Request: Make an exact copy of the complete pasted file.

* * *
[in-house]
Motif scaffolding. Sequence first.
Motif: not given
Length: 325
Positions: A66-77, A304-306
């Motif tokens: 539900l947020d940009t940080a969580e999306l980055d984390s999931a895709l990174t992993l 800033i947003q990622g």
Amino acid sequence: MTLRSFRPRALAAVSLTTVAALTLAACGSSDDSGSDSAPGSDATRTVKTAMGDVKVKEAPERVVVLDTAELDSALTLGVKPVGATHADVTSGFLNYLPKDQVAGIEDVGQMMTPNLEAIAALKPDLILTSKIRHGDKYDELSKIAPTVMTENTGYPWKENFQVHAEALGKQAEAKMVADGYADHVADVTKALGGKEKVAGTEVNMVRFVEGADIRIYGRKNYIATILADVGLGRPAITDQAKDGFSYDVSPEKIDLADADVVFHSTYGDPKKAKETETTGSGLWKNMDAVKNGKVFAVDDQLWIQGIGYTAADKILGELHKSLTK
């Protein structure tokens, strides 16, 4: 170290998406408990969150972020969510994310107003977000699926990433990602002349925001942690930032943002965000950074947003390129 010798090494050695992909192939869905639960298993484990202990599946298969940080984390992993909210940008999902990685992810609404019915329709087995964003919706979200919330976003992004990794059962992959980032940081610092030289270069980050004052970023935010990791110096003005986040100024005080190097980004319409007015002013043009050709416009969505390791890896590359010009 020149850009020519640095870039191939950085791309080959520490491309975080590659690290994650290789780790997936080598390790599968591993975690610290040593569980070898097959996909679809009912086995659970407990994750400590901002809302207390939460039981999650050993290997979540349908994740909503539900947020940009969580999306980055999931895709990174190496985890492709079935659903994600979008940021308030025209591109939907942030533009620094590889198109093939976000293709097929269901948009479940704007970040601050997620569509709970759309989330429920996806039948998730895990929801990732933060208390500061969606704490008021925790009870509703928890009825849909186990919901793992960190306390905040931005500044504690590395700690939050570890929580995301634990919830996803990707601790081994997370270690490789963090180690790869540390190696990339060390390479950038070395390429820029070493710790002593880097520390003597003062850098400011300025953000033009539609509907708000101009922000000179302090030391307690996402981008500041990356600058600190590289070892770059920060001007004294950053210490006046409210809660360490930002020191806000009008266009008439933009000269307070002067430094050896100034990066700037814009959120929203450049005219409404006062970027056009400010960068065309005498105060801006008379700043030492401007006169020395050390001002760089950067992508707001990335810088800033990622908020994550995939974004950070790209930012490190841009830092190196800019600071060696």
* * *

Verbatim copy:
[in-house]
Motif scaffolding. Sequence first.
Motif: not given
Length: 325
Positions: A66-77, A304-306
């Motif tokens: 539900l947020d940009t940080a969580e999306l980055d984390s999931a895709l990174t992993l 800033i947003q990622g």
Amino acid sequence: MTLRSFRPRALAAVSLTTVAALTLAACGSSDDSGSDSAPGSDATRTVKTAMGDVKVKEAPERVVVLDTAELDSALTLGVKPVGATHADVTSGFLNYLPKDQVAGIEDVGQMMTPNLEAIAALKPDLILTSKIRHGDKYDELSKIAPTVMTENTGYPWKENFQVHAEALGKQAEAKMVADGYADHVADVTKALGGKEKVAGTEVNMVRFVEGADIRIYGRKNYIATILADVGLGRPAITDQAKDGFSYDVSPEKIDLADADVVFHSTYGDPKKAKETETTGSGLWKNMDAVKNGKVFAVDDQLWIQGIGYTAADKILGELHKSLTK
């Protein structure tokens, strides 16, 4: 170290998406408990969150972020969510994310107003977000699926990433990602002349925001942690930032943002965000950074947003390129 010798090494050695992909192939869905639960298993484990202990599946298969940080984390992993909210940008999902990685992810609404019915329709087995964003919706979200919330976003992004990794059962992959980032940081610092030289270069980050004052970023935010990791110096003005986040100024005080190097980004319409007015002013043009050709416009969505390791890896590359010009 020149850009020519640095870039191939950085791309080959520490491309975080590659690290994650290789780790997936080598390790599968591993975690610290040593569980070898097959996909679809009912086995659970407990994750400590901002809302207390939460039981999650050993290997979540349908994740909503539900947020940009969580999306980055999931895709990174190496985890492709079935659903994600979008940021308030025209591109939907942030533009620094590889198109093939976000293709097929269901948009479940704007970040601050997620569509709970759309989330429920996806039948998730895990929801990732933060208390500061969606704490008021925790009870509703928890009825849909186990919901793992960190306390905040931005500044504690590395700690939050570890929580995301634990919830996803990707601790081994997370270690490789963090180690790869540390190696990339060390390479950038070395390429820029070493710790002593880097520390003597003062850098400011300025953000033009539609509907708000101009922000000179302090030391307690996402981008500041990356600058600190590289070892770059920060001007004294950053210490006046409210809660360490930002020191806000009008266009008439933009000269307070002067430094050896100034990066700037814009959120929203450049005219409404006062970027056009400010960068065309005498105060801006008379700043030492401007006169020395050390001002760089950067992508707001990335810088800033990622908020994550995939974004950070790209930012490190841009830092190196800019600071060696």